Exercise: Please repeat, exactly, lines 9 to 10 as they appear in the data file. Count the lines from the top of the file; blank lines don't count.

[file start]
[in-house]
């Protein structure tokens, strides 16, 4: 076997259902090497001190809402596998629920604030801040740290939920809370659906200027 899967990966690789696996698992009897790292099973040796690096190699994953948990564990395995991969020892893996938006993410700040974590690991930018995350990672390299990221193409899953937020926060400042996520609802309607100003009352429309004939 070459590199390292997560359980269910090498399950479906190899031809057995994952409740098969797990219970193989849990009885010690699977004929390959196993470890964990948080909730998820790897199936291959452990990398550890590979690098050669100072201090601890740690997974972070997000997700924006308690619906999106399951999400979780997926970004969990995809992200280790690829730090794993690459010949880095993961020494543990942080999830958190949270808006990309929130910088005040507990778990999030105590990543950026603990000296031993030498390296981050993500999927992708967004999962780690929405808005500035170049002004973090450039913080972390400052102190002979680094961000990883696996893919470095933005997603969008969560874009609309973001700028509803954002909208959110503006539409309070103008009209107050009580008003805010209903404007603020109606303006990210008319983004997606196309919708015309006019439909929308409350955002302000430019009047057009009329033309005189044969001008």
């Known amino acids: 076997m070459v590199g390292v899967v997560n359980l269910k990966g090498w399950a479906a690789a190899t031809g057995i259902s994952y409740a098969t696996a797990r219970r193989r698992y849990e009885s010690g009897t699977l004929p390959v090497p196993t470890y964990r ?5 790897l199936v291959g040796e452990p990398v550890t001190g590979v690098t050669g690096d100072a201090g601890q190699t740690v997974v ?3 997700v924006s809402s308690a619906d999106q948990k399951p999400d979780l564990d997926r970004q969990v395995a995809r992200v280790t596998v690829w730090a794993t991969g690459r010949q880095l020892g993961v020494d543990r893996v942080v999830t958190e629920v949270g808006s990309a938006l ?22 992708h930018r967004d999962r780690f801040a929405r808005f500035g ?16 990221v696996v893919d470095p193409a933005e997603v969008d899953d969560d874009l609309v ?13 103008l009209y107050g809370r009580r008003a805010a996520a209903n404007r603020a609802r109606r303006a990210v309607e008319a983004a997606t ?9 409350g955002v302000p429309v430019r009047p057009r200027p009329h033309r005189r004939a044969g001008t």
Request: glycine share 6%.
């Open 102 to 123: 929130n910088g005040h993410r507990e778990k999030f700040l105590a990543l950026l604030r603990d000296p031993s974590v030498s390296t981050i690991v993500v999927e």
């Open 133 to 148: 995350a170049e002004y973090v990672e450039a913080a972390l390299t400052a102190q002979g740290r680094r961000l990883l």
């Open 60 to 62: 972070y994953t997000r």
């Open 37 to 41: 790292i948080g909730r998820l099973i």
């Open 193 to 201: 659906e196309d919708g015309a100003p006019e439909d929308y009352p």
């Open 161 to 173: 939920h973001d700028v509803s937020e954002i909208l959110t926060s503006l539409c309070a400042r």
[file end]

């Open 193 to 201: 659906e196309d919708g015309a100003p006019e439909d929308y009352p």
């Open 161 to 173: 939920h973001d700028v509803s937020e954002i909208l959110t926060s503006l539409c309070a400042r």